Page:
Oklahoma's seniors have won the WCWS yearly. Can Patty Gasso and the freshmen keep their dynasty going?

OKLAHOMA CITY, Okla. — Fans within the outfield turned their gaze to left field as Oklahoma's Kelly Maxwell jogged out of the bullpen. With the Sooners just 4 outs away from the national championship, Maxwell's appearance was greeted with excitement and a collective deep breath.

The Sooners felt they already had their fate of their hands, but coach Patty Gasso pulled off yet one more ace to shut out that championship series against No. 1 Texas. Maxwell, who was later named the Women's College World Series Most Outstanding Player, did just that, leading the Sooners to an 8-4 victory, winning the championship series and making Oklahoma the primary team in college softball history to win 4 consecutive national championships.

Oklahoma is accustomed to this phase, however the players and Gasso will certainly indicate the challenges that include achieving this level of success time and time again. This season specifically, the pressure has increased, said veteran outfielder Jayda Coleman.

“Over time, when we lost a game or two games or lost to Texas, everyone had an opinion about us,” Coleman said. “It was frustrating to see everyone on Twitter and TikTok rooting for anyone but us.”

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She shrugged. “Well… that didn't happen, so…”

With eight national titles and 17 WCWS appearances since 2000, Oklahoma's dynasty has been within the making for a while. Over the last 4 national championship seasons, OU has compiled a record of 235-15.

Coaches Patty Gasso and Kelly Maxwell led Oklahoma to its fourth consecutive national title. (USA Today)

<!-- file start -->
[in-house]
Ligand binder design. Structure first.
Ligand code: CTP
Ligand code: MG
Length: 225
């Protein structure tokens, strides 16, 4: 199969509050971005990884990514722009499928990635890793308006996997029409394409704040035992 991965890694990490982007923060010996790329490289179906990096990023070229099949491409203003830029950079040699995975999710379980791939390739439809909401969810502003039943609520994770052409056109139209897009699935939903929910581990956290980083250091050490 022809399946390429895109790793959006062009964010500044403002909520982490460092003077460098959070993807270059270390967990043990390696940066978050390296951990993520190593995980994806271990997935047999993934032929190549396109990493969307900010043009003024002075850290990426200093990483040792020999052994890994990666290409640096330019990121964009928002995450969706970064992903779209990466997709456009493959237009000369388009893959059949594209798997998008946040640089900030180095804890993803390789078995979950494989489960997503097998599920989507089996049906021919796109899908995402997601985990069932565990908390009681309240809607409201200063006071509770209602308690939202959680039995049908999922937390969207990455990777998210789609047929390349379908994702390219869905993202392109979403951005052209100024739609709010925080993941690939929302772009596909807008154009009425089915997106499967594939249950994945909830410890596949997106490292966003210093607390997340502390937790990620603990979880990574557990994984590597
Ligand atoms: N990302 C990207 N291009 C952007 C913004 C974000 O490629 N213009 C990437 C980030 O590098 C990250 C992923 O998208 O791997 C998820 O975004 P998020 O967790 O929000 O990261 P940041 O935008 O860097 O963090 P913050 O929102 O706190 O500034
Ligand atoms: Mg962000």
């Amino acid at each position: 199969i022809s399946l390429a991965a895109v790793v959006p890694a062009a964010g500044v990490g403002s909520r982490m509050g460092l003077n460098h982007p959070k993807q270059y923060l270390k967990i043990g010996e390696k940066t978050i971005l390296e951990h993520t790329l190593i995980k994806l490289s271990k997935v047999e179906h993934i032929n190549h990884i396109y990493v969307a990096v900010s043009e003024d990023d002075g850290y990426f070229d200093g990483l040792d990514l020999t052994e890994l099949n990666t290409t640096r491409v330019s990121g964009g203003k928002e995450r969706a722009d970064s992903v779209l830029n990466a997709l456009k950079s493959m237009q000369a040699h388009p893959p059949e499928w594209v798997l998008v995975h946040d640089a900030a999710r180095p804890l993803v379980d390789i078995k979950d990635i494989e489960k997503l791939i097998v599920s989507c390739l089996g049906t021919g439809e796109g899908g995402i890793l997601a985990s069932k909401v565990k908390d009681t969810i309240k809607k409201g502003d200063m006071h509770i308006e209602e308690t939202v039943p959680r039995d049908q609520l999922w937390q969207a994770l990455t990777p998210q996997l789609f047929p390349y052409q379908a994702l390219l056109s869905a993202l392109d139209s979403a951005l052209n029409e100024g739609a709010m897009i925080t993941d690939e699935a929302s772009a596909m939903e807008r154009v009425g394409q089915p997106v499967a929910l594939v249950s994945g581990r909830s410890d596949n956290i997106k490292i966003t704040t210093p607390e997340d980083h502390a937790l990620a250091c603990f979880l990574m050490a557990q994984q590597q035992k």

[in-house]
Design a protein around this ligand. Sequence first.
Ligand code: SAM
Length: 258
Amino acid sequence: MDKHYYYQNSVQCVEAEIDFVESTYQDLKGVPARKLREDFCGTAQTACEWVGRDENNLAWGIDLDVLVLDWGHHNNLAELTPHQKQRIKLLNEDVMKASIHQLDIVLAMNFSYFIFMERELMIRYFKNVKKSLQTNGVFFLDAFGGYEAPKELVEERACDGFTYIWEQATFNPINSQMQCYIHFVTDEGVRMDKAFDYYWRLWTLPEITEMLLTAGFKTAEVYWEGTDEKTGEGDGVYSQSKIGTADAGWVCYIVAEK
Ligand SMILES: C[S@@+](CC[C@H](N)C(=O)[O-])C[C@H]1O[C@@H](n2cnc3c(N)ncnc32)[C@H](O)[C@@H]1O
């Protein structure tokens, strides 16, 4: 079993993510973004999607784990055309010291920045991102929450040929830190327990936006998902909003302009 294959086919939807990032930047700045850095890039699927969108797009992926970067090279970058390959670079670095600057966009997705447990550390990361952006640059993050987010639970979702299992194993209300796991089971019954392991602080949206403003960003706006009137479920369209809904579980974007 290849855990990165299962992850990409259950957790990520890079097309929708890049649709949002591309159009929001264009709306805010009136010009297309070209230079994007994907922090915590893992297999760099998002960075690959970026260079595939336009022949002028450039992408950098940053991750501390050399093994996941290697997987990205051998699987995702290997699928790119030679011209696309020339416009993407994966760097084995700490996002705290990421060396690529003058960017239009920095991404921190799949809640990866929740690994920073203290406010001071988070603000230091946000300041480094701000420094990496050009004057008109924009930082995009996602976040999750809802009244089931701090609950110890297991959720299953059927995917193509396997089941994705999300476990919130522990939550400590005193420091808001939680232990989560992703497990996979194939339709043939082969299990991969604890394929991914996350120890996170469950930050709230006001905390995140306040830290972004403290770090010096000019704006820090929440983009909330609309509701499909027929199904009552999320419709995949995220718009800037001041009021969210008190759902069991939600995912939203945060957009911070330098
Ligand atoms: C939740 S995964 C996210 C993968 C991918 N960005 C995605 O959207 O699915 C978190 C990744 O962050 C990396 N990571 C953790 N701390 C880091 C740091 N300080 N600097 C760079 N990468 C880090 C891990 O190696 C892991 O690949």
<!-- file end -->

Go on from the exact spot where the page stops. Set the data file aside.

With the wins got here skepticism. Oklahoma has lost more games this season (seven) than it has since 2017. Texas dethroned the Sooners because the front-runner on this yr's NCAA Tournament for the primary time in 4 years. Skeptics identified that these were signs of vulnerability, while comments concerning the home-court advantage OU enjoys when it hosts the WCWS 20 miles up the road from campus sparked frustration and talk of rotating the event.

“It's probably the toughest coaching season I've had in a long time because of all the naysayers,” Gasso said. “It's hard to have a head that wears the crown, that's the only thing that really stood out. I heard someone say that. It really felt true. It was exhausting.”

But while the noise surrounding the team grew, Oklahoma maintained its identity on the sector.

“Whether you love us or hate us, I think you have to have a certain amount of respect for what we've done for softball and the women's sport,” said veteran pitcher Nicole May. “It's just crazy to see the growth of this sport and I just hope it continues to grow.”

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Texas coach Mike White pointed to Oklahoma's ability to “retool and continue to add quality players to their program” as one among the aspects that continually puts the Sooners at the highest. Freshman outfielder Kayden Henry and sophomore infielder Viviana Martinez pointed to the Sooners' experienced roster as the largest difference: Oklahoma's 10-man senior class has been the inspiration for each championship run.